The Pole Position is gaining more grounds among the racing community and their chiefs. Just for the record; the function of Pole Position is not a new method even if it looks like that when visiting this webpage. The method is quit old, since early 60´s ski racing coaches from France, Austria and US used cords and strings in order to stabilize upper body. The Pole Position is a refined and userfriendly version and here are some fresh comments:
“You can sense your own position in the run that will lead you to the optimal position. By keeping upper body tension the direction of rotation is fixed, which leads to real-time orientation of the arms and control and possible modification of lower body.”
From Canada WC Team:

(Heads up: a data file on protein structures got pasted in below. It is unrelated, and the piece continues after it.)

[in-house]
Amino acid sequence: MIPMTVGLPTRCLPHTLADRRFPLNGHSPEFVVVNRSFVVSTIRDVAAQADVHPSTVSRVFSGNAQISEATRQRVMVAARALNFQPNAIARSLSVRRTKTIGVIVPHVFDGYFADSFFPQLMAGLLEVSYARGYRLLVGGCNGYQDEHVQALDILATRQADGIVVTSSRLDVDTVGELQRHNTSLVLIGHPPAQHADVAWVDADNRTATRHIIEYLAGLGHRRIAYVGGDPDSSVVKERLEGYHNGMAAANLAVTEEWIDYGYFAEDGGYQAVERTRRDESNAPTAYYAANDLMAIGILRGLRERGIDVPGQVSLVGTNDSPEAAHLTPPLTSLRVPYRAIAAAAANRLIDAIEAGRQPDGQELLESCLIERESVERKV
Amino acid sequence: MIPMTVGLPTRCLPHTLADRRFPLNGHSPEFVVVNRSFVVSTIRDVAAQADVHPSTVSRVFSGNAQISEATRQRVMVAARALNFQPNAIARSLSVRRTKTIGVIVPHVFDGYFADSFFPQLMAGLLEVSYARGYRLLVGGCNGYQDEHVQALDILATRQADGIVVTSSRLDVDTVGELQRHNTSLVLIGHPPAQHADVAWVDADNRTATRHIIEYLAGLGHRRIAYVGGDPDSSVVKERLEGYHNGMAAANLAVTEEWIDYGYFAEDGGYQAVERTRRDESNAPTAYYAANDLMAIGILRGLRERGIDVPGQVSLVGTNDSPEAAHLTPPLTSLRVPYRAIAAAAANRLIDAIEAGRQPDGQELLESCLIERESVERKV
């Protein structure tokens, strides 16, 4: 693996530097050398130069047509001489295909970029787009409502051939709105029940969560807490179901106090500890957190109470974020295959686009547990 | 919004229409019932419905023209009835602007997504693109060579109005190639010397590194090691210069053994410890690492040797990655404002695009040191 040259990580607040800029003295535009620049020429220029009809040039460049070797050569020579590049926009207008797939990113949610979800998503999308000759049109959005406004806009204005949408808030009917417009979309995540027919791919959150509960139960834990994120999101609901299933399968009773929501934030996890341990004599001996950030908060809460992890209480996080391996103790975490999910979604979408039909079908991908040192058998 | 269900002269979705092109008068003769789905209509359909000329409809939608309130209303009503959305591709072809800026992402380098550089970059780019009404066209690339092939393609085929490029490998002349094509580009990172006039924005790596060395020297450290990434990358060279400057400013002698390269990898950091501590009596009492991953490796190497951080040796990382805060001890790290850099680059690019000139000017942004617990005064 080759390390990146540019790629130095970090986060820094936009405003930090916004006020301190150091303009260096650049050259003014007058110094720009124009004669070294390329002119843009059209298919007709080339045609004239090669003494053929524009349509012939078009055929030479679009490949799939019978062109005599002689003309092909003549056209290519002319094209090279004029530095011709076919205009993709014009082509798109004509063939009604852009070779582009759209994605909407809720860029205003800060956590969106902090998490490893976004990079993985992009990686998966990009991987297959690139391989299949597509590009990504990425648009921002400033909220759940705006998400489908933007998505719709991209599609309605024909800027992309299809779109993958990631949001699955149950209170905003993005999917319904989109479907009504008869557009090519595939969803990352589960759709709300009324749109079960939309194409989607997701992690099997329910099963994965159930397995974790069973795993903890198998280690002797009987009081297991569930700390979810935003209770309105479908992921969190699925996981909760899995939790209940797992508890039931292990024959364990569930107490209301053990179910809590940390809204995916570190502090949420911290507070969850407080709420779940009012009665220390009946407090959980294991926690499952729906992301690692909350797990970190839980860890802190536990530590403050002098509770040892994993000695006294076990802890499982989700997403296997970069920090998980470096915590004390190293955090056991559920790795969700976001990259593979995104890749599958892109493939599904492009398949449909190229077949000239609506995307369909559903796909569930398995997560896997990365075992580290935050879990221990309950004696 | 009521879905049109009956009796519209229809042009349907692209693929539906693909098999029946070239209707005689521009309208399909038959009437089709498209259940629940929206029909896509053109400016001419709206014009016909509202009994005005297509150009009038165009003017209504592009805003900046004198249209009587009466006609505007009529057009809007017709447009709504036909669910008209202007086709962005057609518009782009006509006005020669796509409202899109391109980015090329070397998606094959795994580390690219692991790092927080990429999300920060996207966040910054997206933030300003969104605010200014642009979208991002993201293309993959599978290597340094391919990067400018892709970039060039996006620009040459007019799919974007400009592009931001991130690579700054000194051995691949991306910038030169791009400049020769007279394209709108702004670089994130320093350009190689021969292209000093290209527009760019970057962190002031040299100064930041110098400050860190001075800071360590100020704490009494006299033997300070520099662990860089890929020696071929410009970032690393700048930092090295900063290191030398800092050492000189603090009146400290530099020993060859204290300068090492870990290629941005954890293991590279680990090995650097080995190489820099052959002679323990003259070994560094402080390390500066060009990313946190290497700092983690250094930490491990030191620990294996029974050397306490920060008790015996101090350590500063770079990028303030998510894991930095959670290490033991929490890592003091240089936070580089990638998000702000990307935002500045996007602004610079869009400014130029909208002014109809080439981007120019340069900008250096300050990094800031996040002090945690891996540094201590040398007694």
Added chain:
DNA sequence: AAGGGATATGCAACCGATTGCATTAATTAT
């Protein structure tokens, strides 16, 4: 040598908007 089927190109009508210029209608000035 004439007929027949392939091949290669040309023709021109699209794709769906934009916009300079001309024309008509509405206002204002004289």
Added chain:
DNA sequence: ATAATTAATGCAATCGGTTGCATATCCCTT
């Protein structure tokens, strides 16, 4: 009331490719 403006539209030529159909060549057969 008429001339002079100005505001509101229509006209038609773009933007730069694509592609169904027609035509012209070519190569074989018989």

“The team tried out the Pole Position during some freeskiing in in Hinterreit, Austria. It seems like a great tool. It attaches to the pole effectively and the grip maintains its position. The construction is solid and the buckles allowing it to detach during the ride up the hill are great. It is a little restrictive for some athletes that need to move their arms, but in general I think that it’s current format is perfect for its purpose”.
Tim Gfeller, Canadian Alpine Ski Team, Women’s World Cup – Technical
From Finland WC Racing:
“While using Pole Position and keeping upper body tension a consequence is the dynamic balance. Especially for young ones it’s a good instrument to teach basic position of the arms.Pole Position is a support for the upper body to get the basic position of the arms. From a technical view it´s important to know that stability also depends on the lower part of the body – knees, ankles, edges and snow contact.”
Christian Thoma, Head Coach Women’s WC team Finland